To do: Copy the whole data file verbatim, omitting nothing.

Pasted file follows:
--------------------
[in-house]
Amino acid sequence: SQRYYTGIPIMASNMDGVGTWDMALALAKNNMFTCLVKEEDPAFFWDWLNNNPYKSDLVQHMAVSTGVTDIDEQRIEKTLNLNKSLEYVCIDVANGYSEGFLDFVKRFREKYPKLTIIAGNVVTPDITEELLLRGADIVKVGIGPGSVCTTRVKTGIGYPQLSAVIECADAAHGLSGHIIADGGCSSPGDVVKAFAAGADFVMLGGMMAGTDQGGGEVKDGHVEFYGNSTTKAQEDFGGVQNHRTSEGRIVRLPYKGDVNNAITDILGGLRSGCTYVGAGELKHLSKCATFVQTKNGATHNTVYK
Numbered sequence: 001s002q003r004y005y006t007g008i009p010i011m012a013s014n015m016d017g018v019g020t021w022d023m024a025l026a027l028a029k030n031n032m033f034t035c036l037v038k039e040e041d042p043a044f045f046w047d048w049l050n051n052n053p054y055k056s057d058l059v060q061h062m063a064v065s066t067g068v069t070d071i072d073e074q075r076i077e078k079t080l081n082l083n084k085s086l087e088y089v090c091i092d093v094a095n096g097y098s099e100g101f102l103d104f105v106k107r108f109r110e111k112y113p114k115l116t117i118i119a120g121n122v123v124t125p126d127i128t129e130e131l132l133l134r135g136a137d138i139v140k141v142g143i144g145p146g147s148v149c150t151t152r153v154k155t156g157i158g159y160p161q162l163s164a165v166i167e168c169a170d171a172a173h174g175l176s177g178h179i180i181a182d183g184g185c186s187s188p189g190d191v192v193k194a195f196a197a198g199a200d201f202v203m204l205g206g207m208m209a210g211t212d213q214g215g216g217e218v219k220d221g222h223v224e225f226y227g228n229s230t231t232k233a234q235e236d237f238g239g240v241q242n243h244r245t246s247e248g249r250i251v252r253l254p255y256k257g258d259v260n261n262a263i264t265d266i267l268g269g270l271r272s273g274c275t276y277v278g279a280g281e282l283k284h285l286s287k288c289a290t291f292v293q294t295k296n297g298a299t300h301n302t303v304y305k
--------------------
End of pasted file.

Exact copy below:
[in-house]
Amino acid sequence: SQRYYTGIPIMASNMDGVGTWDMALALAKNNMFTCLVKEEDPAFFWDWLNNNPYKSDLVQHMAVSTGVTDIDEQRIEKTLNLNKSLEYVCIDVANGYSEGFLDFVKRFREKYPKLTIIAGNVVTPDITEELLLRGADIVKVGIGPGSVCTTRVKTGIGYPQLSAVIECADAAHGLSGHIIADGGCSSPGDVVKAFAAGADFVMLGGMMAGTDQGGGEVKDGHVEFYGNSTTKAQEDFGGVQNHRTSEGRIVRLPYKGDVNNAITDILGGLRSGCTYVGAGELKHLSKCATFVQTKNGATHNTVYK
Numbered sequence: 001s002q003r004y005y006t007g008i009p010i011m012a013s014n015m016d017g018v019g020t021w022d023m024a025l026a027l028a029k030n031n032m033f034t035c036l037v038k039e040e041d042p043a044f045f046w047d048w049l050n051n052n053p054y055k056s057d058l059v060q061h062m063a064v065s066t067g068v069t070d071i072d073e074q075r076i077e078k079t080l081n082l083n084k085s086l087e088y089v090c091i092d093v094a095n096g097y098s099e100g101f102l103d104f105v106k107r108f109r110e111k112y113p114k115l116t117i118i119a120g121n122v123v124t125p126d127i128t129e130e131l132l133l134r135g136a137d138i139v140k141v142g143i144g145p146g147s148v149c150t151t152r153v154k155t156g157i158g159y160p161q162l163s164a165v166i167e168c169a170d171a172a173h174g175l176s177g178h179i180i181a182d183g184g185c186s187s188p189g190d191v192v193k194a195f196a197a198g199a200d201f202v203m204l205g206g207m208m209a210g211t212d213q214g215g216g217e218v219k220d221g222h223v224e225f226y227g228n229s230t231t232k233a234q235e236d237f238g239g240v241q242n243h244r245t246s247e248g249r250i251v252r253l254p255y256k257g258d259v260n261n262a263i264t265d266i267l268g269g270l271r272s273g274c275t276y277v278g279a280g281e282l283k284h285l286s287k288c289a290t291f292v293q294t295k296n297g298a299t300h301n302t303v304y305k